Lordy I loved this book! 150 out of 5 stars! I really REALLY want more!!

To the author, you write shadows with such an incredible pastel, you bring them to life, making the darkness writhe over gravel, filling me with tense trepidation, and I was ready to run down those stairs and into the trees to see who he was and why he was so foreboding!

I was inside this novel so realistically I could see and smell everything. I felt like I was IN that house with the curtains whispering with the silky touch of the midnight dream. WOW!!!
(reviewed long after purchase)

Review by: Kj Partridge on Feb. 24, 2013 :
At first I wasn't really sure what to think about this book, the story absolutely floored me. I was never quite sure where it was going, but was very willing to keep reading to figure it all out. The electricity between Roman and TJ is so immediate you just “feel” that there is more than meets the eye there. The trouble being TJ promised her brother Tony to stay away from Roman. Add in TJ's mom has died, and she is being moved in with a dad she hasn't seen since she was five. From a wealthy life to an impoverished one, TJ must make a lot of changes.
I most certainly never expected the twists and turns this book took, it took my breath away and left me filled with absolute admiration for Kennedy Streath. The style this book was written in was also new to me, I must say I truly enjoyed it, it's almost a rough and gritty form of story telling. I look forward to the next book, you have made a fan for life! Many thanks for gifting me this ebook so I could read and review it.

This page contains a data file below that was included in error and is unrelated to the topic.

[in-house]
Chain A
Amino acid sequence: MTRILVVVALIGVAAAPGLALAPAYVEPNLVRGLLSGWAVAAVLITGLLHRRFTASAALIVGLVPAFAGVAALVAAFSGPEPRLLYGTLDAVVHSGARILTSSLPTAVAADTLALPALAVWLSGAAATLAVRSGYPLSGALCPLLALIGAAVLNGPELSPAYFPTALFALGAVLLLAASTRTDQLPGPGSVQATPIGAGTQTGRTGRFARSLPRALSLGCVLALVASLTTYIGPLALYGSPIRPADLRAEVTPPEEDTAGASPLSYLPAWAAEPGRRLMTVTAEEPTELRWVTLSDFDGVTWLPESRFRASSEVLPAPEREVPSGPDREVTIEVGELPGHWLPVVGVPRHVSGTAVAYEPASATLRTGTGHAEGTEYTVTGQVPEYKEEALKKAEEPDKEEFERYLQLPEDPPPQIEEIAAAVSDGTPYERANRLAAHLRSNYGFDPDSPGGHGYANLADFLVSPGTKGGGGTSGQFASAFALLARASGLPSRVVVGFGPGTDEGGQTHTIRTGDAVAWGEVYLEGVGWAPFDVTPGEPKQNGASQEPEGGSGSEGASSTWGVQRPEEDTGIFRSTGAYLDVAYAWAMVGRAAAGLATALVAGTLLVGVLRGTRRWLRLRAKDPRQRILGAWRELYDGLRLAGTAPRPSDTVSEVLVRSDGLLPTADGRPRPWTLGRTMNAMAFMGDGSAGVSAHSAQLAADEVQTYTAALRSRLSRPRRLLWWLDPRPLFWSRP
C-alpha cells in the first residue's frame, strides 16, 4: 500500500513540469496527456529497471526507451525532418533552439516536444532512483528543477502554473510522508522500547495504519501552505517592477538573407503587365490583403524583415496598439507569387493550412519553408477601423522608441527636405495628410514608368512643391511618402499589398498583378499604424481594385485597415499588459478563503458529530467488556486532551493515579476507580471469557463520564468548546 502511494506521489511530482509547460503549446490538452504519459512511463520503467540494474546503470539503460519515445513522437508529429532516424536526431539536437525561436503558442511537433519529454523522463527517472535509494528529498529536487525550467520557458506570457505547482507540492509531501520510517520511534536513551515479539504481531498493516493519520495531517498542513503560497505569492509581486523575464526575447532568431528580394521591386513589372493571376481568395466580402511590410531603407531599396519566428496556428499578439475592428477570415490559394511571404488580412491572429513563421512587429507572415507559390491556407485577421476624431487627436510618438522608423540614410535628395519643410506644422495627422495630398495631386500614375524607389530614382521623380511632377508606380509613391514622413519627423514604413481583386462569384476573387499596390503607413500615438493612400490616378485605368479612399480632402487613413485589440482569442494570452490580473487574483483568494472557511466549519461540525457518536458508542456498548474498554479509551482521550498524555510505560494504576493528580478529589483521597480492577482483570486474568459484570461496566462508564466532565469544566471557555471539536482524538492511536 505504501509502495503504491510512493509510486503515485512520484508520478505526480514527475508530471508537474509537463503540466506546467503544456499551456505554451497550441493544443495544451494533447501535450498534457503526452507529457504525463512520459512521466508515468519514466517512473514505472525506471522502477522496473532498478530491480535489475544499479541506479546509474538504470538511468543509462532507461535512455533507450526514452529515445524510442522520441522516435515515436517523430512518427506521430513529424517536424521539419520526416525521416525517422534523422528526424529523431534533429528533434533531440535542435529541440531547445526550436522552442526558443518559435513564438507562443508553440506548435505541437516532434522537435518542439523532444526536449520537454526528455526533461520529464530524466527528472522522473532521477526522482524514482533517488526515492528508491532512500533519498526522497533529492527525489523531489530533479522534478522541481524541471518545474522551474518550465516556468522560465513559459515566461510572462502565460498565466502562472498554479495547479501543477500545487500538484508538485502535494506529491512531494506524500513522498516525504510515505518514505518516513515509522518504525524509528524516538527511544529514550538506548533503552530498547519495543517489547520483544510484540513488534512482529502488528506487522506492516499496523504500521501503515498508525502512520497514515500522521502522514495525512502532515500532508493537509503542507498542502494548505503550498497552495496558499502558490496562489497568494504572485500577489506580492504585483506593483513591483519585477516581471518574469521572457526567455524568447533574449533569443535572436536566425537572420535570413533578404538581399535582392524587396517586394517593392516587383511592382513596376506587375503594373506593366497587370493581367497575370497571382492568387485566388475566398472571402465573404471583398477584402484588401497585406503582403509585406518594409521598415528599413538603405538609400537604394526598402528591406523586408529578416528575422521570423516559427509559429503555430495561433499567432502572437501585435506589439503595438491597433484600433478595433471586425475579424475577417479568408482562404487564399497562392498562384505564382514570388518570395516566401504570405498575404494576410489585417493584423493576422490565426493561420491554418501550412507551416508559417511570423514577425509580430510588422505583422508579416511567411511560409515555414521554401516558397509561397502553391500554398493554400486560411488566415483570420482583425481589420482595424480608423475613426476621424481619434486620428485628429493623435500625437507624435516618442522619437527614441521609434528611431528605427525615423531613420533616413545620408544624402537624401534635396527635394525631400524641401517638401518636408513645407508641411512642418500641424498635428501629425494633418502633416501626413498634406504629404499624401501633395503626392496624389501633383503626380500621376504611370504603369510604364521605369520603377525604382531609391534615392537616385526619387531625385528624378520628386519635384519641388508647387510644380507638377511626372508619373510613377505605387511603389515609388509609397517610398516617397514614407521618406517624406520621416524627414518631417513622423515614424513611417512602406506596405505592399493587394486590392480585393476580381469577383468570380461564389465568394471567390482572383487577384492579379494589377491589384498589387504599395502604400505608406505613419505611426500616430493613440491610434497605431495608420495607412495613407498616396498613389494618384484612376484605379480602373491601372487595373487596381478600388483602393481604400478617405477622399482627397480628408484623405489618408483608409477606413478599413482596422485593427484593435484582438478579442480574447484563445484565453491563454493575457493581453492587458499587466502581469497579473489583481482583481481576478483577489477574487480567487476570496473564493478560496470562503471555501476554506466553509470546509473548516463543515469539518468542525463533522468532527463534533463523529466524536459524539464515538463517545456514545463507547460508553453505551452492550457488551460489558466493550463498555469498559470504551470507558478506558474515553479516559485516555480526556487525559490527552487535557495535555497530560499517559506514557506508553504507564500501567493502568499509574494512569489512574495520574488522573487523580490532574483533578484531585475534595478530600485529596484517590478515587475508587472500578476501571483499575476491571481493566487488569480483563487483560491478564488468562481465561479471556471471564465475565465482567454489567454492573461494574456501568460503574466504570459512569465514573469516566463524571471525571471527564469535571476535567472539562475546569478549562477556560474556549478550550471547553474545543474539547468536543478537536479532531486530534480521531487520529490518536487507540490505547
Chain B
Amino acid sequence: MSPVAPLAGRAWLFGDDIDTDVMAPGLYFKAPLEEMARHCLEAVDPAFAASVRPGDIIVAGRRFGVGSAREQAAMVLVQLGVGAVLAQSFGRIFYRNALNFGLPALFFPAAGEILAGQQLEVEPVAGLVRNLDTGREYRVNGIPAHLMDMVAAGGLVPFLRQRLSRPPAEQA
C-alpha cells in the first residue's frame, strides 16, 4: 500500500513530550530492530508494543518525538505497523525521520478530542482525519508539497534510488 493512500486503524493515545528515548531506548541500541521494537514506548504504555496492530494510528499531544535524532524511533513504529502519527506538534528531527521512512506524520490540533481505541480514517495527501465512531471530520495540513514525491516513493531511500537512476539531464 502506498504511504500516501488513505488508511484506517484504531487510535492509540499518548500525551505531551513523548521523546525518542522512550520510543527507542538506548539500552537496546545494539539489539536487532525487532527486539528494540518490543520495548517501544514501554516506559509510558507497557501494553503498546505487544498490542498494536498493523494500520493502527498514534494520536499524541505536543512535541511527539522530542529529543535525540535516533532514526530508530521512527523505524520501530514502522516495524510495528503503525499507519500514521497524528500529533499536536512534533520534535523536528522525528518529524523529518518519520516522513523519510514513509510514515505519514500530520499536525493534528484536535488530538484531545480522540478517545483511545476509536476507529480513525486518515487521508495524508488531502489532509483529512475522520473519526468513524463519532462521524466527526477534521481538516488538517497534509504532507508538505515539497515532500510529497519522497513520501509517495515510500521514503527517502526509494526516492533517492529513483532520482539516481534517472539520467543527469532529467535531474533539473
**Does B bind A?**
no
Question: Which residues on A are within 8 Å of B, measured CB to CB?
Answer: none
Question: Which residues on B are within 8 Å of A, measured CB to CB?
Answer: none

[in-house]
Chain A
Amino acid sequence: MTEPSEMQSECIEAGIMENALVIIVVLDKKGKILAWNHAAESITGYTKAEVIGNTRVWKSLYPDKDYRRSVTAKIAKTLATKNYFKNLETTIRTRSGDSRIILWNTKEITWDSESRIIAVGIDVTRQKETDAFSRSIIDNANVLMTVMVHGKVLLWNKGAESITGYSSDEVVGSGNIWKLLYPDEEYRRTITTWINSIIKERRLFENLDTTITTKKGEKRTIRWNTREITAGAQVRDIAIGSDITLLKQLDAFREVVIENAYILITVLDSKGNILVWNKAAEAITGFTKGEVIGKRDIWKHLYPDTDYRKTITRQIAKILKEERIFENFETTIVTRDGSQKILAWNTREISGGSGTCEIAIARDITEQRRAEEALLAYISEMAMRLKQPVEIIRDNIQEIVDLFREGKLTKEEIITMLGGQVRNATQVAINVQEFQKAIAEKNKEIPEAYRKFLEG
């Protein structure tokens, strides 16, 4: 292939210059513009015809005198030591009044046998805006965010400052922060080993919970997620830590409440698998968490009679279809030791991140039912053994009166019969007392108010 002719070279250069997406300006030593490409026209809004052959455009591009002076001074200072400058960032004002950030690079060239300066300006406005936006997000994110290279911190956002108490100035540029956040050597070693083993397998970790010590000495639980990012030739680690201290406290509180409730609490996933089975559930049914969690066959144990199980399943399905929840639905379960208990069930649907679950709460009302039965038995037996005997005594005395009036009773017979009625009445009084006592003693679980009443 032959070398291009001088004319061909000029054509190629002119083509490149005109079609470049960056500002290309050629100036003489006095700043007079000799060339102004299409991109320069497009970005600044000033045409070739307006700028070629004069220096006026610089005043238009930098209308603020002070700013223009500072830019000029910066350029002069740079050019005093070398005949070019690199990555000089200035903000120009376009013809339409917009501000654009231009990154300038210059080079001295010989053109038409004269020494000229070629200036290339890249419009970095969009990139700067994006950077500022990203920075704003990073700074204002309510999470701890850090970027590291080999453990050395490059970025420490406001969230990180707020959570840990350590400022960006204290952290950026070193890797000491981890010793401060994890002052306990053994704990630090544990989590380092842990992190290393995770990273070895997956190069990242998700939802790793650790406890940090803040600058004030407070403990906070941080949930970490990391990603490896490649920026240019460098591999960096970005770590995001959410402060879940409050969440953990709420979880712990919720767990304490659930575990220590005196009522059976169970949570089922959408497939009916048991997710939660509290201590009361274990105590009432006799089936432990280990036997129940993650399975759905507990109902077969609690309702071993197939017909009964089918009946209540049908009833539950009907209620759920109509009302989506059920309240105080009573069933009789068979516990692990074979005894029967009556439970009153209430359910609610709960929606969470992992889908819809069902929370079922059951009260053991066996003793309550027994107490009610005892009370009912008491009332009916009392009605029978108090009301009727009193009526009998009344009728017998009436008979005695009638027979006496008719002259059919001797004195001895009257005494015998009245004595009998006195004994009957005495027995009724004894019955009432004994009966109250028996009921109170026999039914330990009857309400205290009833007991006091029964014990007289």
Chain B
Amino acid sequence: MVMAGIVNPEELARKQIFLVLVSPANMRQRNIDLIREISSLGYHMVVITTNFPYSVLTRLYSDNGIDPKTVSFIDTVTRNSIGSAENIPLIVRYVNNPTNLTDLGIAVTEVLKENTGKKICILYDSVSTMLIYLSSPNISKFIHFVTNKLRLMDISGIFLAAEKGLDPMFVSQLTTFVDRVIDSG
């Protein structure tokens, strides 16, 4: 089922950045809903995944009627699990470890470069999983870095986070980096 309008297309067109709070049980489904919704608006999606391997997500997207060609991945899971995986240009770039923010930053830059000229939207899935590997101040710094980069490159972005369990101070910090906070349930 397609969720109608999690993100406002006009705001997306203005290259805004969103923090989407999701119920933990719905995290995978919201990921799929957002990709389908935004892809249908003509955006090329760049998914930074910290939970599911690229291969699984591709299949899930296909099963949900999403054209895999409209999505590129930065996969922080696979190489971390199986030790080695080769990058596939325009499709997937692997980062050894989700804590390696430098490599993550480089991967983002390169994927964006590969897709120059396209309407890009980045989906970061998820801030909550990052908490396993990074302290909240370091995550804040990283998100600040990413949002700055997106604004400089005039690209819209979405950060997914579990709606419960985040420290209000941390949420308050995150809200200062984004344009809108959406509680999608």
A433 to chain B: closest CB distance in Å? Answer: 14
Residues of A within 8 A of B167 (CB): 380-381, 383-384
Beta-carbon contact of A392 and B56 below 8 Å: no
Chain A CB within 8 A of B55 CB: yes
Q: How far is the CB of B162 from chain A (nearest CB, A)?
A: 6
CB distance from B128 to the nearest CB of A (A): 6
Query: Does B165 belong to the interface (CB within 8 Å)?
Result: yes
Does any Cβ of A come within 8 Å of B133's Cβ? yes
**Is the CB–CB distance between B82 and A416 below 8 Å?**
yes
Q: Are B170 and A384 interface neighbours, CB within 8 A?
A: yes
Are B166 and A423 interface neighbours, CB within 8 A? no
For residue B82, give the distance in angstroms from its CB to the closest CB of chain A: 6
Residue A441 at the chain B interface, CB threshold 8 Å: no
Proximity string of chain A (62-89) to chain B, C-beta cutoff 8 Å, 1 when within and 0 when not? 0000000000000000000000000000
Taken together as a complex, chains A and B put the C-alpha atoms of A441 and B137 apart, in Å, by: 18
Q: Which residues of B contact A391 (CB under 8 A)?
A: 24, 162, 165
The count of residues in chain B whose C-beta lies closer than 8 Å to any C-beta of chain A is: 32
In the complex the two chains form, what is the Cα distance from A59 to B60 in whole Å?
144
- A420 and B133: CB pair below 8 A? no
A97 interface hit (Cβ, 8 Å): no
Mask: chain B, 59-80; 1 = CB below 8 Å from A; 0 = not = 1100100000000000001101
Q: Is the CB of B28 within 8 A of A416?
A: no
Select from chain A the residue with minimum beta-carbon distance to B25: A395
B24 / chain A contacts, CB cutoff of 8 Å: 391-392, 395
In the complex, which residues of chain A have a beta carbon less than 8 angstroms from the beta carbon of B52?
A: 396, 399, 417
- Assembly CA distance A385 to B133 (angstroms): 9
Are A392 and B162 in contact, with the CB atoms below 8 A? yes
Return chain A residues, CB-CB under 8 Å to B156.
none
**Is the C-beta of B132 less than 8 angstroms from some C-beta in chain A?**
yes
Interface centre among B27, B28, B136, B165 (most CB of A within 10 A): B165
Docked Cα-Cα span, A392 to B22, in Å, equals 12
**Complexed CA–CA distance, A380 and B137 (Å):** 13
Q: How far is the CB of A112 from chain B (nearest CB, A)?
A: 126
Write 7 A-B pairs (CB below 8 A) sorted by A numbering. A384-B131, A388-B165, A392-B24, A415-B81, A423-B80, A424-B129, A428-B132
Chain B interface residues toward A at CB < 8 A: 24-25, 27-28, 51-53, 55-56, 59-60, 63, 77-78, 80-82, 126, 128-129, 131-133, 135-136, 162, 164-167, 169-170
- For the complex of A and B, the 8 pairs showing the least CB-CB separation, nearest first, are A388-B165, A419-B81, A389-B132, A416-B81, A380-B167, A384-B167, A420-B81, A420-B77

(reviewed within a month of purchase)

Review by: Greta van der Rol on Dec. 16, 2012 :
This book starts off with a fairly routine YA premise – a sixteen year old girl (TJ) finding herself dumped on her estranged father when the mother she despises dies. Coming from a wealthy, upmarket life style and a private school, she's faced with a new life in an impoverished, dying mining town where Latinos do what they can to survive. The longed-for college sporting scholarship is no longer an option in a school which doesn't (can't) support women's sport. TJ's brother, Tony, the only person who cares about her, the closest to a father she has ever known, is a serving soldier due to return to active service, leaving her to cope on her own. Before he goes, he makes her promise to keep away from Roman, a young man working for her father.